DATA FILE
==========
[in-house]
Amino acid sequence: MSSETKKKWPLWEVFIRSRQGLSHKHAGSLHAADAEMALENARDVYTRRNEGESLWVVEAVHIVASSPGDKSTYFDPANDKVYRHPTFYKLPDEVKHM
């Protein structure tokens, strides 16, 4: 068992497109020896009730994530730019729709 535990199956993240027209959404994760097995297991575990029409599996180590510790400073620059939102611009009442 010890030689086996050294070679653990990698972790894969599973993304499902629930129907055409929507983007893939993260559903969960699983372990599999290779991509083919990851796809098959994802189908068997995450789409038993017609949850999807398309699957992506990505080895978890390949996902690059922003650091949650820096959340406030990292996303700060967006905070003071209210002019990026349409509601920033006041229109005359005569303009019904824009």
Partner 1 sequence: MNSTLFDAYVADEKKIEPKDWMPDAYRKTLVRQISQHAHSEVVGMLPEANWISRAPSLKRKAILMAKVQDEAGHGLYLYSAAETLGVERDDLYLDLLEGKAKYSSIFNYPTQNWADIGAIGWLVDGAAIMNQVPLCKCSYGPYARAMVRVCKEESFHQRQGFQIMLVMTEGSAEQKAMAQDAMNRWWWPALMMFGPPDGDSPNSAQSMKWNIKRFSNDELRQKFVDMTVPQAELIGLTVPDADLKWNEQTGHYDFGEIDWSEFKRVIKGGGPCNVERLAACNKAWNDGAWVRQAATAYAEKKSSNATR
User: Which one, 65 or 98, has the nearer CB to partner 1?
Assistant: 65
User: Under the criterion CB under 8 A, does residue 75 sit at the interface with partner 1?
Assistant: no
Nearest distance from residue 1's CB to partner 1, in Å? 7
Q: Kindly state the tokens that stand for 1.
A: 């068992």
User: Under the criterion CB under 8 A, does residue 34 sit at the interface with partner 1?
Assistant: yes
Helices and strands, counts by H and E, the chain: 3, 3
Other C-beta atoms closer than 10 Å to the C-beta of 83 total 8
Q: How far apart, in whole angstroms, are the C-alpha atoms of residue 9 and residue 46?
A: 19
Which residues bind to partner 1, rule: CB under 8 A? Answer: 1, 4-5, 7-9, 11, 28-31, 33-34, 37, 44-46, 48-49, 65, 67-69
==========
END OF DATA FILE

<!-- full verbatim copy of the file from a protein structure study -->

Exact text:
[in-house]
Amino acid sequence: MSSETKKKWPLWEVFIRSRQGLSHKHAGSLHAADAEMALENARDVYTRRNEGESLWVVEAVHIVASSPGDKSTYFDPANDKVYRHPTFYKLPDEVKHM
């Protein structure tokens, strides 16, 4: 068992497109020896009730994530730019729709 535990199956993240027209959404994760097995297991575990029409599996180590510790400073620059939102611009009442 010890030689086996050294070679653990990698972790894969599973993304499902629930129907055409929507983007893939993260559903969960699983372990599999290779991509083919990851796809098959994802189908068997995450789409038993017609949850999807398309699957992506990505080895978890390949996902690059922003650091949650820096959340406030990292996303700060967006905070003071209210002019990026349409509601920033006041229109005359005569303009019904824009």
Partner 1 sequence: MNSTLFDAYVADEKKIEPKDWMPDAYRKTLVRQISQHAHSEVVGMLPEANWISRAPSLKRKAILMAKVQDEAGHGLYLYSAAETLGVERDDLYLDLLEGKAKYSSIFNYPTQNWADIGAIGWLVDGAAIMNQVPLCKCSYGPYARAMVRVCKEESFHQRQGFQIMLVMTEGSAEQKAMAQDAMNRWWWPALMMFGPPDGDSPNSAQSMKWNIKRFSNDELRQKFVDMTVPQAELIGLTVPDADLKWNEQTGHYDFGEIDWSEFKRVIKGGGPCNVERLAACNKAWNDGAWVRQAATAYAEKKSSNATR
User: Which one, 65 or 98, has the nearer CB to partner 1?
Assistant: 65
User: Under the criterion CB under 8 A, does residue 75 sit at the interface with partner 1?
Assistant: no
Nearest distance from residue 1's CB to partner 1, in Å? 7
Q: Kindly state the tokens that stand for 1.
A: 């068992």
User: Under the criterion CB under 8 A, does residue 34 sit at the interface with partner 1?
Assistant: yes
Helices and strands, counts by H and E, the chain: 3, 3
Other C-beta atoms closer than 10 Å to the C-beta of 83 total 8
Q: How far apart, in whole angstroms, are the C-alpha atoms of residue 9 and residue 46?
A: 19
Which residues bind to partner 1, rule: CB under 8 A? Answer: 1, 4-5, 7-9, 11, 28-31, 33-34, 37, 44-46, 48-49, 65, 67-69